- Olay is kicking off a campaign designed to continue its mission around getting more women into the fields of science, technology, engineering and math (STEM), according to an announcement shared with Marketing Dive.
- New creative debuts today, which is Women’s Equality Day, and features four real women who work in STEM fields who each deliver a message coded within scientific formulas or computer programming languages. It was developed with agency Saatchi & Saatchi New York and will appear in print in The New York Times, Harper’s Bazaar and Allure.
- Olay also announced three goals for 2030 around achieving gender parity in STEM education, doubling the number of women working in the industry, and boosting diversity and inclusion by tripling the number of multicultural women in STEM. Within a 10-year, $1 million pledge to support women in the field, the Procter & Gamble-owned brand is giving $520,000 to the United Negro College Fund (UNCF).
Olay’s latest campaign builds on STEM-focused messaging the brand first introduced during the Super Bowl earlier this year. That effort included a new partnership with the nonprofit Girls Who Code and centered around a 30-second commercial starring five famous women, including Katie Couric, Busy Philipps, Lilly Singh, Taraji P. Henson and retired astronaut Nicole Stott.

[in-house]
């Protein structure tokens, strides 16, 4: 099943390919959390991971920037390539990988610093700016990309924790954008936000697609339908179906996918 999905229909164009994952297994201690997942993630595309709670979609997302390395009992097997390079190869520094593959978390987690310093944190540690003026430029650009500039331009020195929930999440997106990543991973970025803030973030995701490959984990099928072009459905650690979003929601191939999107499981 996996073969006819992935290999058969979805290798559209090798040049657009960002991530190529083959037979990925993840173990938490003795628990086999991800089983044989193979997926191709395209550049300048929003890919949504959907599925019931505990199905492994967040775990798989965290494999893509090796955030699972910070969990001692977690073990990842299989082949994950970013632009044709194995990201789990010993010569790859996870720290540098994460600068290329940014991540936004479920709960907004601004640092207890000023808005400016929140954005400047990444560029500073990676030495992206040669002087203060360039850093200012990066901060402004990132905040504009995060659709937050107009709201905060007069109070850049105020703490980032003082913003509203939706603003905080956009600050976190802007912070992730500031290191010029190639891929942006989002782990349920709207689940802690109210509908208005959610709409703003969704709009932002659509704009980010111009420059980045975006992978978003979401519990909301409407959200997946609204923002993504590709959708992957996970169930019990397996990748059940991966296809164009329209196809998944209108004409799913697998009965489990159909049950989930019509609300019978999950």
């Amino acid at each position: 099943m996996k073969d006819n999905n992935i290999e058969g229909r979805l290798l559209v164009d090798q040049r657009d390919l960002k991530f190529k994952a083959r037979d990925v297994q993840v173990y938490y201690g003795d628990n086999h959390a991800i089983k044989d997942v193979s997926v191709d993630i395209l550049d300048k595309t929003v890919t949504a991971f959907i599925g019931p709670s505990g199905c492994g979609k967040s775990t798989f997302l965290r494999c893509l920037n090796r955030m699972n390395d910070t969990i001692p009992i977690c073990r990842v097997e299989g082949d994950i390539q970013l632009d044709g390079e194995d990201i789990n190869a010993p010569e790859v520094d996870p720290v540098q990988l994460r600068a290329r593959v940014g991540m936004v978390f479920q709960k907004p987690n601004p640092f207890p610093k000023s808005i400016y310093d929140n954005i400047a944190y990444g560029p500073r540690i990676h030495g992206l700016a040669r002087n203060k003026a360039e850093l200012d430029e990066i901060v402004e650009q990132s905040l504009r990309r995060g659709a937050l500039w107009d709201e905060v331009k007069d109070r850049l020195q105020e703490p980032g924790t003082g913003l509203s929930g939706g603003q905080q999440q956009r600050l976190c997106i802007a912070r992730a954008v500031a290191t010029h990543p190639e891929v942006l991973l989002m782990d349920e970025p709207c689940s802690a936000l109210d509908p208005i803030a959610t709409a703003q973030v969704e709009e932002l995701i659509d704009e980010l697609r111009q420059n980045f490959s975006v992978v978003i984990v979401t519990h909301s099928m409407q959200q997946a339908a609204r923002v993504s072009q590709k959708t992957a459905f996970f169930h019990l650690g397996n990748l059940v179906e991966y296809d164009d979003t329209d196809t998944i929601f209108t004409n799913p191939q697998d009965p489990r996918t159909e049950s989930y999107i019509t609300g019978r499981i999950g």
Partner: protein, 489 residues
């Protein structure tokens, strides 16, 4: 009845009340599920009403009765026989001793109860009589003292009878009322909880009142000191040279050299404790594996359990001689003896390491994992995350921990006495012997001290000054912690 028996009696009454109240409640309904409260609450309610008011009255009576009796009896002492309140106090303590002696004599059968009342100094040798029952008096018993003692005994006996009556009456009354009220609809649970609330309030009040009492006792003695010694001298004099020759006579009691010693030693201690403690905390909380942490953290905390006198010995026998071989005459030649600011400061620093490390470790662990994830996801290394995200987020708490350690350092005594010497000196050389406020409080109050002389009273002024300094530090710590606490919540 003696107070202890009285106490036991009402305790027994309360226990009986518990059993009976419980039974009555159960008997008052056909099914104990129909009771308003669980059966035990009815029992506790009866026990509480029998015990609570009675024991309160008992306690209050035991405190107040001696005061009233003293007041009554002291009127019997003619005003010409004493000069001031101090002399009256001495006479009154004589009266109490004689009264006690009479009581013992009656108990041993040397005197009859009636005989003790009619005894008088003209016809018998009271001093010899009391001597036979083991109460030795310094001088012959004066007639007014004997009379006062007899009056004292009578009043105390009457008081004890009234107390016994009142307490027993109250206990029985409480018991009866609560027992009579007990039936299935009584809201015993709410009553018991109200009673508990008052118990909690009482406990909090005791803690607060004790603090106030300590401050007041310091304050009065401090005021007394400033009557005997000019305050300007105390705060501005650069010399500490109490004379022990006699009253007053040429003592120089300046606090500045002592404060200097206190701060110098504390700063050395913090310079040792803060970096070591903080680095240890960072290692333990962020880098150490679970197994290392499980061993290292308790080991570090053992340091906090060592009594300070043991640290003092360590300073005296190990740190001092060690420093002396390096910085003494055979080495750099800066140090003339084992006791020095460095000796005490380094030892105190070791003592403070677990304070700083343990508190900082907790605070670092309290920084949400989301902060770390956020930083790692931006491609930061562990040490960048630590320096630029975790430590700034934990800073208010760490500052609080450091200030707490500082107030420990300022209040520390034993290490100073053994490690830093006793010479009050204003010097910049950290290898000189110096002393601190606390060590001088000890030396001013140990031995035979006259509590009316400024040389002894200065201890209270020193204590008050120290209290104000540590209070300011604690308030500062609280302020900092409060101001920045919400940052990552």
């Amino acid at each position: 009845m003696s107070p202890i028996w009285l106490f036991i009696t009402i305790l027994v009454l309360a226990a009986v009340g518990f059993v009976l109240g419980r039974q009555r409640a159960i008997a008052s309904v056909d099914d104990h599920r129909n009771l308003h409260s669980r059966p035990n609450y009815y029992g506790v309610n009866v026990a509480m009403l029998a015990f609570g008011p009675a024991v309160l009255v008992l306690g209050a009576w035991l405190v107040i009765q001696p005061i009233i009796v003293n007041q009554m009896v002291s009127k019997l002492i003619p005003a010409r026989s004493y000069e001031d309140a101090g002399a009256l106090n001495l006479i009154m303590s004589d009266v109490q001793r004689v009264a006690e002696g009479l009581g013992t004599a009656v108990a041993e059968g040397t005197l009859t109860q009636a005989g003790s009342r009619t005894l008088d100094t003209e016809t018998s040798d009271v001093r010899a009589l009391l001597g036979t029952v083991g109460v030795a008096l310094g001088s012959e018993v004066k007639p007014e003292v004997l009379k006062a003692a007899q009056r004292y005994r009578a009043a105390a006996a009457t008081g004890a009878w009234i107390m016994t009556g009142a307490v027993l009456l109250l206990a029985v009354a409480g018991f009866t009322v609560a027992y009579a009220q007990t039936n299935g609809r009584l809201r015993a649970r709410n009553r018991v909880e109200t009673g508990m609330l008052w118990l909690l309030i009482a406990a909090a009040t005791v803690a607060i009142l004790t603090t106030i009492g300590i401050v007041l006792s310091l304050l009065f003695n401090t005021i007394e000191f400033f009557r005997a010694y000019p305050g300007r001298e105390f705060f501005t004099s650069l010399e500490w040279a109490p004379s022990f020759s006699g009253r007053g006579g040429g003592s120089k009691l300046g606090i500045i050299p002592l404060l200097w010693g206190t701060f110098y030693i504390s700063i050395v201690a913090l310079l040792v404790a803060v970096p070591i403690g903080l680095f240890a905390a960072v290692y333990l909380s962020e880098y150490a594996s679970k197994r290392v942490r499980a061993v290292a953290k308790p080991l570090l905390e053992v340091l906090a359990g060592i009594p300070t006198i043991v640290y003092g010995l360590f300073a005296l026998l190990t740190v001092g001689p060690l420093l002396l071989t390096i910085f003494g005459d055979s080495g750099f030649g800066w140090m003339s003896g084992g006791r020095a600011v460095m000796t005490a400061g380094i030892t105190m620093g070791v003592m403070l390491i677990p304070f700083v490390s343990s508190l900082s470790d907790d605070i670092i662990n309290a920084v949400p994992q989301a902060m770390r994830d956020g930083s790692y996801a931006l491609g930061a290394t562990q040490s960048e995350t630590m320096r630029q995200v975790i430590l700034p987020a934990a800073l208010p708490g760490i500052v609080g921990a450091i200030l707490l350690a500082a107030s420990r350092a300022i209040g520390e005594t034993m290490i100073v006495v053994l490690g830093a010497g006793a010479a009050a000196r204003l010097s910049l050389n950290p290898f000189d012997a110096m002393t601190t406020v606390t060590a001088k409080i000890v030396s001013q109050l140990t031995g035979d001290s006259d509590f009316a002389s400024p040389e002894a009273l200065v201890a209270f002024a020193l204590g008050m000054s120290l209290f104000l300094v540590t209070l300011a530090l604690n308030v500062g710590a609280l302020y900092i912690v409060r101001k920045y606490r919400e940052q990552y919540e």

#FaceTheSTEMGap extends that messaging around women in science introduced by Olay in February. By making a financial commitment to elevate underrepresented groups in a historically male-dominated industry, the P&G beauty brand is taking concrete steps that align with its longstanding efforts to promote female empowerment through marketing.
The campaign’s debut is timely in arriving on Women’s Equality Day. This may link the brand with online chatter around the day of recognition, while the hashtag could extend the campaign’s social media presence and organically reach more of Olay’s target audience of women who are interested in learning about and overcoming inequalities in science-driven industries.
A wave of brands has shifted to similar cause-related efforts since the coronavirus pandemic hit this spring. McDonald’s Brazil, Planters and others have received backlash from consumers who perceived the ads as ill-timed, insincere or empty without providing tangible support. Some, however, have struck the right tone by backing up ads with donations and new initiatives. KitchenAid this week unveiled a 30-minute documentary on Hulu to spotlight women in the restaurant industry, as well as nonprofit partnerships designed to advance the careers of women in the sector and provide relief to restaurants struggling during the pandemic.
Beyond the new creative for Women’s Equality Day, Olay is making strides toward longer-term change in women’s empowerment by using role models — not professional models — in the ads. The move, which follows efforts by Dove and CVS Pharmacy to use more realistic depictions of women in ads, could deepen connections with key consumers on several levels.